- EM asset classes could see further inflows. In the first half of the year, EM enjoyed strong fund flows, particularly hard currency assets, when the Fed and ECB began their respective dovish shifts. Going forward, global central bank policies will likely keep core government yields suppressed.
In a world of low, or even negative, developed market yields, EM can continue to attract investors because they form an increasingly rare source of positive real (inflation‑adjusted) income. Currently, the estimated value of global debt with a negative real yield is over USD 25 trillion.1 Should inflation rise when central bank easing takes hold, an even greater share of developed market debt would saddle investors with negative real yields. In this environment, securing much‑needed real income could become a larger focus for investors globally.
Furthermore, EM are still under‑owned. Although early 2019 saw steady inflows, retail investors have not returned to the levels seen before the 2018 volatility. Signs of committed loose policy stances by major central banks could provide the incentive to many hesitant investors. After all, historical data show that EM debt typically performs during Fed cutting cycles.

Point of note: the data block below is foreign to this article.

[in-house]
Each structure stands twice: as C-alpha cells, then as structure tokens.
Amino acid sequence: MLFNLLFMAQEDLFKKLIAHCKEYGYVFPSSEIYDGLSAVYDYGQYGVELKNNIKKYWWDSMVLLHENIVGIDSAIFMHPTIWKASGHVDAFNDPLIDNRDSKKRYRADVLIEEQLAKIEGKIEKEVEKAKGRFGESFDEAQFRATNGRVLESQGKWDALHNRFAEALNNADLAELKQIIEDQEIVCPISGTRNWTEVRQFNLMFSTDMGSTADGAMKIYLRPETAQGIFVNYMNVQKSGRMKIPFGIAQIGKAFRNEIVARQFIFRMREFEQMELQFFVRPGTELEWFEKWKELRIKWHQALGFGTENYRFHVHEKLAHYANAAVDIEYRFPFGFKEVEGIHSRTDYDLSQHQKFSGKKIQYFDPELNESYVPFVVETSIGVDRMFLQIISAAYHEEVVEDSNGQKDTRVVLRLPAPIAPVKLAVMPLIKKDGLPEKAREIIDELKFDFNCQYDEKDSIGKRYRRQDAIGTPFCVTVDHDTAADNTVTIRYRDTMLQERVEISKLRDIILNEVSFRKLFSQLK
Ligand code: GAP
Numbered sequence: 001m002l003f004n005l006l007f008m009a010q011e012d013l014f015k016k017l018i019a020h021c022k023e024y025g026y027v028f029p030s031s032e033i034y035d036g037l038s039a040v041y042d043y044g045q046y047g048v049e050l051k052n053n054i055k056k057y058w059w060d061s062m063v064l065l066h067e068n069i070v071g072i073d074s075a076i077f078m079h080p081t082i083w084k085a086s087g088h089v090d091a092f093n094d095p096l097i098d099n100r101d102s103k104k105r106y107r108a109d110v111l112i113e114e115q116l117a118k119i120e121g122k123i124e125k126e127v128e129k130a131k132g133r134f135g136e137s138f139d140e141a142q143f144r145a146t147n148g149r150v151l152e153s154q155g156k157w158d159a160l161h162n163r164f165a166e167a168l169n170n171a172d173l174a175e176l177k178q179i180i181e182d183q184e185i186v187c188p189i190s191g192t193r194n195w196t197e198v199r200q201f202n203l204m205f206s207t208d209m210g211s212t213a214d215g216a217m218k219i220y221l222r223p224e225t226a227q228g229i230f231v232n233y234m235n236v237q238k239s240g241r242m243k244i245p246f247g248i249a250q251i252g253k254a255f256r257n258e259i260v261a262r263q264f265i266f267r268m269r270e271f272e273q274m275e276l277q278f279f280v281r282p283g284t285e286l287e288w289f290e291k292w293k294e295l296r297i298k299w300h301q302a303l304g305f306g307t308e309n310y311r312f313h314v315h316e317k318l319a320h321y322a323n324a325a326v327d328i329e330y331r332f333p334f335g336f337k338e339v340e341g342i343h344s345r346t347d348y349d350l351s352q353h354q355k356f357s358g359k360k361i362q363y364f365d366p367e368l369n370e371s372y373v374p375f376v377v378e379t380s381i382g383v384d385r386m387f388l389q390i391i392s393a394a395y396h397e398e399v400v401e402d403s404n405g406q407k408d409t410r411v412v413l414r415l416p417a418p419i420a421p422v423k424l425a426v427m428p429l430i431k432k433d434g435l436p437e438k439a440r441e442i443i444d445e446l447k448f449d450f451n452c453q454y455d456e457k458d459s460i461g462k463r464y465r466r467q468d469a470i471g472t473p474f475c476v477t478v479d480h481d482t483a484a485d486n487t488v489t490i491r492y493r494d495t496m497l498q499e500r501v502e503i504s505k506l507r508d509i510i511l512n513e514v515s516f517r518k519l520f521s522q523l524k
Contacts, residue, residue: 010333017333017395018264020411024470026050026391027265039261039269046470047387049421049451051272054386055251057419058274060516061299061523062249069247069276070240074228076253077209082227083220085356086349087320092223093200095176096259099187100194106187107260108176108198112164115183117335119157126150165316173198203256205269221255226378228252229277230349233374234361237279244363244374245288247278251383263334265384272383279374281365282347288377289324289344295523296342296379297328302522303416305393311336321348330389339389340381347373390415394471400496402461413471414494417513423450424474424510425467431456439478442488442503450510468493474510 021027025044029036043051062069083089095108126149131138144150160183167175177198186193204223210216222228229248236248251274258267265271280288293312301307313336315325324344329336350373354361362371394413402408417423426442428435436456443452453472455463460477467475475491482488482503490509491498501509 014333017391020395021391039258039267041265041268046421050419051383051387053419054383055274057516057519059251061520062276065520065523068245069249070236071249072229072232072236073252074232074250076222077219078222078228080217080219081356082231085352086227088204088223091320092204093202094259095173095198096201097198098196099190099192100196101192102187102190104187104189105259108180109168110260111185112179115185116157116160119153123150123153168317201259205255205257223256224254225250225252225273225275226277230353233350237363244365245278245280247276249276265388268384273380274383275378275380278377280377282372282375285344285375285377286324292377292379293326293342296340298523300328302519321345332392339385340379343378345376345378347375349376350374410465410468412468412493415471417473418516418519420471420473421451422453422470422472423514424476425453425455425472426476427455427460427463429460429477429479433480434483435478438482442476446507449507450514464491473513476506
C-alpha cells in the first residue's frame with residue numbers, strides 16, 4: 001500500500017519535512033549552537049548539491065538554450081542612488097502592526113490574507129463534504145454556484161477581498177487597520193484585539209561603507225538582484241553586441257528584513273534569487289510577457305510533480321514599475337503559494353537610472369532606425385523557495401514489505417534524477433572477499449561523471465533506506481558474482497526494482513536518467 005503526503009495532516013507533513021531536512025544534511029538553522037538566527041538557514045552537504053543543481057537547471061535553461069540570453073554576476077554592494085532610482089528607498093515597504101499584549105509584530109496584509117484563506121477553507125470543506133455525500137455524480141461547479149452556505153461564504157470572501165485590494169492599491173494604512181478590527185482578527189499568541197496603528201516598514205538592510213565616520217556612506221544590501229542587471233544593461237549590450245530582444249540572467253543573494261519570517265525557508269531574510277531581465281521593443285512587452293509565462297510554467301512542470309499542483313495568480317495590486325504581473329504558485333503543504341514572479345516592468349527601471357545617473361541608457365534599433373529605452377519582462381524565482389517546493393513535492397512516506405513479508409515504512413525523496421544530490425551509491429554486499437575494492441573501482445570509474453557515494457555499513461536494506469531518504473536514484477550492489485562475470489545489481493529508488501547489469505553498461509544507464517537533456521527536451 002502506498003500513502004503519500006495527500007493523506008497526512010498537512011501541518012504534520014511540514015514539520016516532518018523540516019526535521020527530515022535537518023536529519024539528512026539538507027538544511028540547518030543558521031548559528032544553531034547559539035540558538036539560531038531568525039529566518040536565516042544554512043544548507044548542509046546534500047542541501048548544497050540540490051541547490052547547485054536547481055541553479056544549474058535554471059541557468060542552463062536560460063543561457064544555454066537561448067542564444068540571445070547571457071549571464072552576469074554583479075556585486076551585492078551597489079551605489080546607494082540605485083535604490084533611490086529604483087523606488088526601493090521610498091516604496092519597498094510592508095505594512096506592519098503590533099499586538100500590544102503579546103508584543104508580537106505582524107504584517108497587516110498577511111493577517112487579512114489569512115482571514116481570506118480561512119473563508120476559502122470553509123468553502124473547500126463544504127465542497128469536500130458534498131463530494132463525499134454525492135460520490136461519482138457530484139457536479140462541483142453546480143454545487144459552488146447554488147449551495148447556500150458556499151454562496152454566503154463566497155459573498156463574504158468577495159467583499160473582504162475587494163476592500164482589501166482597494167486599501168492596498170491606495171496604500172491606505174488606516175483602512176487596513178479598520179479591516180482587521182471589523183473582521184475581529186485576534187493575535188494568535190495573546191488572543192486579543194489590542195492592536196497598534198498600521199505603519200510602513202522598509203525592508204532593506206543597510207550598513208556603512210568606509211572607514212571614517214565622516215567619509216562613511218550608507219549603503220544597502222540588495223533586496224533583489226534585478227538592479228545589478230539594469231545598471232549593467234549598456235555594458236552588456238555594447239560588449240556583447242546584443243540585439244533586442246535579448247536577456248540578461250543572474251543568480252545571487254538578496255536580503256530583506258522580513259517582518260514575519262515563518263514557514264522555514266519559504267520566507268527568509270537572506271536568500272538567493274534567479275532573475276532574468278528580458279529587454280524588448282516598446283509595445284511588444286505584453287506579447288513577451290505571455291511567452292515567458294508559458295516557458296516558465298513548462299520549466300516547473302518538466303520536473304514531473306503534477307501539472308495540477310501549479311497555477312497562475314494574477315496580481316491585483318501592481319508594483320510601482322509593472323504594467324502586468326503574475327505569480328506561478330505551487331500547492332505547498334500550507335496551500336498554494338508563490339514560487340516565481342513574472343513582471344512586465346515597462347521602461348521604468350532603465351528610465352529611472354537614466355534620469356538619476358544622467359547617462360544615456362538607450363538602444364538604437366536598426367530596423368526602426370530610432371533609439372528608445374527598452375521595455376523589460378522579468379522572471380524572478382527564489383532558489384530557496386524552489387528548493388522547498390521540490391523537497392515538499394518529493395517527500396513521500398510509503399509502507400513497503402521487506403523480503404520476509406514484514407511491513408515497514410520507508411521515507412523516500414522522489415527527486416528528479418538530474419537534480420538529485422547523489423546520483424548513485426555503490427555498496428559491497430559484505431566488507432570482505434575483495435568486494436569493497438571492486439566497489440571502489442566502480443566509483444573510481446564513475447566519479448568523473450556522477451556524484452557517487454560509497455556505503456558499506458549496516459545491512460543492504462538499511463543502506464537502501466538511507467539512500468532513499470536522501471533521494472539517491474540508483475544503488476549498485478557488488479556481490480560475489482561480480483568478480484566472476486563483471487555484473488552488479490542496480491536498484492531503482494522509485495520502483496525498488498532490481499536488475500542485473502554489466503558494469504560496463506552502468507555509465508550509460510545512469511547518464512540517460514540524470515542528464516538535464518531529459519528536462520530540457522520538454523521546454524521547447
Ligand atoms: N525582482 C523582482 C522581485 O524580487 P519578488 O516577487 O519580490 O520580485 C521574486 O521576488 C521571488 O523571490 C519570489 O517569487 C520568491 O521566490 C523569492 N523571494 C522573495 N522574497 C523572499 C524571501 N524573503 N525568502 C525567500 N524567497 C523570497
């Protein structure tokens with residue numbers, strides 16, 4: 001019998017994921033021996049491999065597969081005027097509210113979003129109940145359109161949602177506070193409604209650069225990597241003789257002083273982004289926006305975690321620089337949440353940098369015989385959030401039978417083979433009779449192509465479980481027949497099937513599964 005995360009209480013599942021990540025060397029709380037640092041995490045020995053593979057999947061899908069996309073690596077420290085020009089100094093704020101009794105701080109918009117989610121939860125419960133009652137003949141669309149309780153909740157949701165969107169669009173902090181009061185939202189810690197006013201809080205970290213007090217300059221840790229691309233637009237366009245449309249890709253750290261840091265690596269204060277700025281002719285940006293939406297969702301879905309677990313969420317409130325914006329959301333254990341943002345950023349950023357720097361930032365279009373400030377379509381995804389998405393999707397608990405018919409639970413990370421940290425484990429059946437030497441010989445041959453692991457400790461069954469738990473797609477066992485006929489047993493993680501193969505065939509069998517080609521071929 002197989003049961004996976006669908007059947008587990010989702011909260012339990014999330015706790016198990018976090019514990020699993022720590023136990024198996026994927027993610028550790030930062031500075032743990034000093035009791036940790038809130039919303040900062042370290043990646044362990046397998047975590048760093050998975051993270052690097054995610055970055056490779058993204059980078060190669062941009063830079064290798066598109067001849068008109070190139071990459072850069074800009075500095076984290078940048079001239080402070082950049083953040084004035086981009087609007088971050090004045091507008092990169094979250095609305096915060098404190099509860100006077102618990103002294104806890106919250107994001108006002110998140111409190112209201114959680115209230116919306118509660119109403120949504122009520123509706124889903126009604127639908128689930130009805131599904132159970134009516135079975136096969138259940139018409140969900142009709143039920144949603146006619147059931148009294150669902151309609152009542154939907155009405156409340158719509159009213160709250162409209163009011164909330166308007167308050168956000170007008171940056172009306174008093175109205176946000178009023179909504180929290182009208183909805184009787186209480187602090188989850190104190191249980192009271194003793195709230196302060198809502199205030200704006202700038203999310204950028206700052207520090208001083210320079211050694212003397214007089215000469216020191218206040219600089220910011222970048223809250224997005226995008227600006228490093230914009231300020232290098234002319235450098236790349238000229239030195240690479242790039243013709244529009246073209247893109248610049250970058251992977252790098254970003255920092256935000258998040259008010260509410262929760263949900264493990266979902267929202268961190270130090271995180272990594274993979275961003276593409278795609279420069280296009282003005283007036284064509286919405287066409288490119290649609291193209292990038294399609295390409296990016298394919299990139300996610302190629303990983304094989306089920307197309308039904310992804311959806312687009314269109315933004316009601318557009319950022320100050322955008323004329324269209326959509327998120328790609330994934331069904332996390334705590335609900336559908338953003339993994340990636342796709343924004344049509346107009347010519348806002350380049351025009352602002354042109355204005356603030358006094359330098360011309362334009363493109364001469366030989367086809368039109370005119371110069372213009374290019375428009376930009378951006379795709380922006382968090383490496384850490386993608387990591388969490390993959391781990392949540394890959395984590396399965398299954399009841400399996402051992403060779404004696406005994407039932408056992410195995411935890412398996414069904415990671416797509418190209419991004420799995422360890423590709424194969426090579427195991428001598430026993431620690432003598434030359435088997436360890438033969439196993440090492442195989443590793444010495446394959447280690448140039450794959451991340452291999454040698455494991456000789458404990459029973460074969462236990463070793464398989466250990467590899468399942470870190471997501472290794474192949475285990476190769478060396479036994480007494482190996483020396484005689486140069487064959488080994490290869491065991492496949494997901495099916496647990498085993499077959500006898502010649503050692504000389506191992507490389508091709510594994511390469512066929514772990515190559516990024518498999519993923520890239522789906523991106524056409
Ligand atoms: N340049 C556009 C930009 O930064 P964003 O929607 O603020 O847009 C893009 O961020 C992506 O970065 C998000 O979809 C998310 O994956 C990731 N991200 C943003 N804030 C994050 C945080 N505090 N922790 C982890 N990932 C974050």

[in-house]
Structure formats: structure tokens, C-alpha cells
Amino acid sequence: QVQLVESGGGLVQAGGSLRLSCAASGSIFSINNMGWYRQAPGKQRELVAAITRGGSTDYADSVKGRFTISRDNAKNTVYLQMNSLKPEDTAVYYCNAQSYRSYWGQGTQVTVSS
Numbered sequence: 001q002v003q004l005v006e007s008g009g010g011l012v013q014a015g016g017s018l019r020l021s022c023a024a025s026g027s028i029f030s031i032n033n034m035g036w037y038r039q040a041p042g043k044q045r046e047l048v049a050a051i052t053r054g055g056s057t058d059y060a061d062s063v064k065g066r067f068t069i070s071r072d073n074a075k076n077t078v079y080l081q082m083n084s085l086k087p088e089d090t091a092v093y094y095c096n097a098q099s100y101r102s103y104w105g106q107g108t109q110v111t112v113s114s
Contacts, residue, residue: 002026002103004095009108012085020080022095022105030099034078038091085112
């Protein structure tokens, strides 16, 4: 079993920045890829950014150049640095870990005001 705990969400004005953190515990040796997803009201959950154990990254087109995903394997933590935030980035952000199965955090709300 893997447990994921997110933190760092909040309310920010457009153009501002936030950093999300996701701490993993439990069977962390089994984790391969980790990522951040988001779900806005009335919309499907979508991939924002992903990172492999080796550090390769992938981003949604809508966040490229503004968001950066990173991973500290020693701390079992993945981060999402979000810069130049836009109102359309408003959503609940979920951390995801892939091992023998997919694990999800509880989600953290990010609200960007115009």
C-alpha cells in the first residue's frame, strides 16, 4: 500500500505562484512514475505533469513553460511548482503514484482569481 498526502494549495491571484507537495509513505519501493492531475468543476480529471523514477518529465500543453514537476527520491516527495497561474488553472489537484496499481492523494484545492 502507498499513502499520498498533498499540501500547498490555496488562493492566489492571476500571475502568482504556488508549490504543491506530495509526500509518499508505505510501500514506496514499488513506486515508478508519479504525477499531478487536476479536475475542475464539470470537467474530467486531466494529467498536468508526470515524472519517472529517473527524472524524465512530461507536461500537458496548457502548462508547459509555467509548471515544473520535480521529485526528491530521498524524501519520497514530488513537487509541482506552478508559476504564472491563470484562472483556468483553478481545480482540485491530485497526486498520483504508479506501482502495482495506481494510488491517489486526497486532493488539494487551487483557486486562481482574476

- Valuations in EM still look enticing. Even though valuations are not as cheap as they were at the start of the year, they have improved relative to developed markets in many cases. Also, EM asset prices do not yet reflect potential improvements in the growth outlook should stimulus take hold. The recent rallies have largely stemmed from developed market monetary easing expectations. Should growth data stabilize, asset prices could continue to rise.
Additional stimulus measures in China are also not yet priced into the market. So far, Chinese authorities have been cautious about adding monetary or fiscal stimulus. However, as economic concerns persist, authorities may adopt a more concerted approach to revive growth. This would give a boost to EM sentiment as Chinese growth remains an engine of EM economies.